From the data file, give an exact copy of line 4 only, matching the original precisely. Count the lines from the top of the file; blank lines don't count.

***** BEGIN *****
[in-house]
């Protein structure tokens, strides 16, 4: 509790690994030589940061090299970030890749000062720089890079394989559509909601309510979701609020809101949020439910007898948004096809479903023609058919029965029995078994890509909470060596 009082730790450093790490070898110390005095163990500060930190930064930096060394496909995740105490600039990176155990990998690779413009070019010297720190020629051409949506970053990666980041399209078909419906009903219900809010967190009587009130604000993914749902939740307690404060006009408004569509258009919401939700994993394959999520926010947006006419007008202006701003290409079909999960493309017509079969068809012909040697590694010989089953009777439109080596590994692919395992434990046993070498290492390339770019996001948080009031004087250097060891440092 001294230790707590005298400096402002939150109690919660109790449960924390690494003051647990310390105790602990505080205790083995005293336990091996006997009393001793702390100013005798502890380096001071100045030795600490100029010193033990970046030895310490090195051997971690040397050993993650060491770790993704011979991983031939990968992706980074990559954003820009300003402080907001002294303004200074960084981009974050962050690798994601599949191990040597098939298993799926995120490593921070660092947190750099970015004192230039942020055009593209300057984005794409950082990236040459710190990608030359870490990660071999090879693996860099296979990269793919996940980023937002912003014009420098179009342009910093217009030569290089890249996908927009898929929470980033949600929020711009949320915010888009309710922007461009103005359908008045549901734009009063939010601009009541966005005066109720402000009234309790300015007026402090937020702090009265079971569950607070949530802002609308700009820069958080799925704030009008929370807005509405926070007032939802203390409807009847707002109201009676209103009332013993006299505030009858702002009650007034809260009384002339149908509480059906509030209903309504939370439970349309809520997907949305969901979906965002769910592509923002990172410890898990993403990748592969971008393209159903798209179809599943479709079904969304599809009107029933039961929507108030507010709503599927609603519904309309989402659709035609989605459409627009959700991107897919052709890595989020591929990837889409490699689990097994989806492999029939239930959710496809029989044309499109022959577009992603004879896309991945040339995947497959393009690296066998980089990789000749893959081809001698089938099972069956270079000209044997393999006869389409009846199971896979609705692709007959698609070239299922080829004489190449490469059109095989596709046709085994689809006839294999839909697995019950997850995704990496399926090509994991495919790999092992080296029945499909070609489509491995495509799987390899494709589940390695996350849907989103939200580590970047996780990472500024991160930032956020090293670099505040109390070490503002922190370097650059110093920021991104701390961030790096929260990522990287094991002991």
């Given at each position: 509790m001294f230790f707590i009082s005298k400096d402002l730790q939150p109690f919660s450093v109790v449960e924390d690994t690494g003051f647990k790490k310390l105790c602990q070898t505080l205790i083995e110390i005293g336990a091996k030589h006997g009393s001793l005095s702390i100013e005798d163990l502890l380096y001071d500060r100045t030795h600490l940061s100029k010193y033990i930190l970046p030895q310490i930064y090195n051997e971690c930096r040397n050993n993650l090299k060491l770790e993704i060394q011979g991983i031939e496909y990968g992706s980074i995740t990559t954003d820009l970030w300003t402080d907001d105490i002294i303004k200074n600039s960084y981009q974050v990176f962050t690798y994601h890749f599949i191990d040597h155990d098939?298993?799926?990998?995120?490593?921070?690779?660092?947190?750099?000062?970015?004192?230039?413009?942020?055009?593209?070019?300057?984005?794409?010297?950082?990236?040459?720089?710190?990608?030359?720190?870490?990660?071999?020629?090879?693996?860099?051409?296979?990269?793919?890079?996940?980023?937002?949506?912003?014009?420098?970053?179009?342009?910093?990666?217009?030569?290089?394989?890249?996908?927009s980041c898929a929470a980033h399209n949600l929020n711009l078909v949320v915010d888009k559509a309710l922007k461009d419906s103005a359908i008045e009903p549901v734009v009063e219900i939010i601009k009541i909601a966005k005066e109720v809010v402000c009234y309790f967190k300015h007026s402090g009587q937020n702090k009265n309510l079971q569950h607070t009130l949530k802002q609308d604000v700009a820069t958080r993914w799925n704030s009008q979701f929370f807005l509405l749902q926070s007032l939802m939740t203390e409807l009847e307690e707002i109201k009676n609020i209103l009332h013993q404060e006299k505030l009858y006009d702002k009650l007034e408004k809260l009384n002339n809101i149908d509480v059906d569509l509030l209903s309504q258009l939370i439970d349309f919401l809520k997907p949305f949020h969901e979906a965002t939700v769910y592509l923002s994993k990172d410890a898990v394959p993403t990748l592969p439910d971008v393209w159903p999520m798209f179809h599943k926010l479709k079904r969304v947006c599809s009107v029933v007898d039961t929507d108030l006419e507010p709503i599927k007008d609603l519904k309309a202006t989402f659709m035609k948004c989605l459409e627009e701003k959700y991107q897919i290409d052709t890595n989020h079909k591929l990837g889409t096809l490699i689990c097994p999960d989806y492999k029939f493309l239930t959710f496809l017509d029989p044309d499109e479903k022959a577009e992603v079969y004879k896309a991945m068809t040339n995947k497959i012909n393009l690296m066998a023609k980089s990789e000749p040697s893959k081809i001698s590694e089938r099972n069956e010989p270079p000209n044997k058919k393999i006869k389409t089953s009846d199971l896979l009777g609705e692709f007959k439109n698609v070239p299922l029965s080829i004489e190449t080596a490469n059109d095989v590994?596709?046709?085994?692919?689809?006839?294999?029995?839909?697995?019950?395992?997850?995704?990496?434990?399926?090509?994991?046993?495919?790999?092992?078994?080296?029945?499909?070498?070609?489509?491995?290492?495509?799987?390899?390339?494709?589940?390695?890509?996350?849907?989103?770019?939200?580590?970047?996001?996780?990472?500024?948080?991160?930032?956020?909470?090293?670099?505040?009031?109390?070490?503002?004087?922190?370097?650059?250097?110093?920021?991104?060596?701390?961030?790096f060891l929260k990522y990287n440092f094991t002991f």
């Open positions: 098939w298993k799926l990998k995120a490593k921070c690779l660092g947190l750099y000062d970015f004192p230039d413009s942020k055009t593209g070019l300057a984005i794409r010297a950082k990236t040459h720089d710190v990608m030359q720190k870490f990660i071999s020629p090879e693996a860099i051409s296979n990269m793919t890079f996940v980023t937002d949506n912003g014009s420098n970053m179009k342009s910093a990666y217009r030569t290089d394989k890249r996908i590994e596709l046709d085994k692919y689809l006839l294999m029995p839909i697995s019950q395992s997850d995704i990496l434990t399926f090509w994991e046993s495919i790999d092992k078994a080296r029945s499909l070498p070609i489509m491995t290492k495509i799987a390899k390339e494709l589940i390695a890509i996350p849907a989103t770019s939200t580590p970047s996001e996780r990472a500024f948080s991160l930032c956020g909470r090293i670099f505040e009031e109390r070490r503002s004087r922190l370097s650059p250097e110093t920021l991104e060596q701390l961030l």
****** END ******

């Open positions: 098939w298993k799926l990998k995120a490593k921070c690779l660092g947190l750099y000062d970015f004192p230039d413009s942020k055009t593209g070019l300057a984005i794409r010297a950082k990236t040459h720089d710190v990608m030359q720190k870490f990660i071999s020629p090879e693996a860099i051409s296979n990269m793919t890079f996940v980023t937002d949506n912003g014009s420098n970053m179009k342009s910093a990666y217009r030569t290089d394989k890249r996908i590994e596709l046709d085994k692919y689809l006839l294999m029995p839909i697995s019950q395992s997850d995704i990496l434990t399926f090509w994991e046993s495919i790999d092992k078994a080296r029945s499909l070498p070609i489509m491995t290492k495509i799987a390899k390339e494709l589940i390695a890509i996350p849907a989103t770019s939200t580590p970047s996001e996780r990472a500024f948080s991160l930032c956020g909470r090293i670099f505040e009031e109390r070490r503002s004087r922190l370097s650059p250097e110093t920021l991104e060596q701390l961030l």